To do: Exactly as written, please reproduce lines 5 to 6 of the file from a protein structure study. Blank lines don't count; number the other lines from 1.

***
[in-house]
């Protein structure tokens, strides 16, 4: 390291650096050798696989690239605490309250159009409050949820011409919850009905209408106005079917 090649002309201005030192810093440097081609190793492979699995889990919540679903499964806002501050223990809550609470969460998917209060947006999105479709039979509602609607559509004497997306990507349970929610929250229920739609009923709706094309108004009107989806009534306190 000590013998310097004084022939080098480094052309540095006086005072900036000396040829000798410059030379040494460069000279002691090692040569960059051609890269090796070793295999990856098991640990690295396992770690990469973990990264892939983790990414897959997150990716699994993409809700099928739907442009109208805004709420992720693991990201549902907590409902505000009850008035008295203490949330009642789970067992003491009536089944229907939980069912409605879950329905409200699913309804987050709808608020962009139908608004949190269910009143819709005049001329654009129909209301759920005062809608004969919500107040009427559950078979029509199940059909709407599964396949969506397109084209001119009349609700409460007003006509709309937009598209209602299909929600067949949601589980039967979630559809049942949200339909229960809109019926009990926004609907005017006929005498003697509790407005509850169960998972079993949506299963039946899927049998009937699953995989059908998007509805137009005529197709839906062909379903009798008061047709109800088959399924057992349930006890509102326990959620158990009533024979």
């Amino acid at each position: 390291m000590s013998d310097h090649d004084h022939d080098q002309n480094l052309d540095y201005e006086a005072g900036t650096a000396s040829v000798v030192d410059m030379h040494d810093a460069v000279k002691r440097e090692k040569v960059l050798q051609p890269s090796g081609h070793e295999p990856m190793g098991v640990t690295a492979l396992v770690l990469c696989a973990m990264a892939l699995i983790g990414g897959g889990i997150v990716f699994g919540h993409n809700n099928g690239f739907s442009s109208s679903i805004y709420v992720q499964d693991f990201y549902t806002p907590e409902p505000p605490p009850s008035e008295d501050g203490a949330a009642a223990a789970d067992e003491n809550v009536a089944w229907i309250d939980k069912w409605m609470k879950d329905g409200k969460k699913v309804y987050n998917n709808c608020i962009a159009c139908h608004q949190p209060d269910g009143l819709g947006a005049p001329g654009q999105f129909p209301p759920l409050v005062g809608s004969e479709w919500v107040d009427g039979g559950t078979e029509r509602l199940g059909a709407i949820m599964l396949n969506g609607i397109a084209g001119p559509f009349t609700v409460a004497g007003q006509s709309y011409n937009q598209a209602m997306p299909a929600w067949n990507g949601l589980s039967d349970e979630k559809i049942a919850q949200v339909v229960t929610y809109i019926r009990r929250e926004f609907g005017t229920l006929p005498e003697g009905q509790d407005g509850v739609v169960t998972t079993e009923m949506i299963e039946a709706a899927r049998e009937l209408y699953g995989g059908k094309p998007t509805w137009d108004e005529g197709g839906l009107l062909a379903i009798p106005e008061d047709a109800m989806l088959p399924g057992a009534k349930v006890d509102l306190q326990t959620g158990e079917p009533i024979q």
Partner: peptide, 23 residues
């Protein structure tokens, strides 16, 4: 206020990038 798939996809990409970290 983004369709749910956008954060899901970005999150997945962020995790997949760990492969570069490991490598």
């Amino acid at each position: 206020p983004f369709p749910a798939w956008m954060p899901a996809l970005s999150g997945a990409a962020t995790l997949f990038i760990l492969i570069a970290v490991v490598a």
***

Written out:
């Protein structure tokens, strides 16, 4: 206020990038 798939996809990409970290 983004369709749910956008954060899901970005999150997945962020995790997949760990492969570069490991490598």
């Amino acid at each position: 206020p983004f369709p749910a798939w956008m954060p899901a996809l970005s999150g997945a990409a962020t995790l997949f990038i760990l492969i570069a970290v490991v490598a």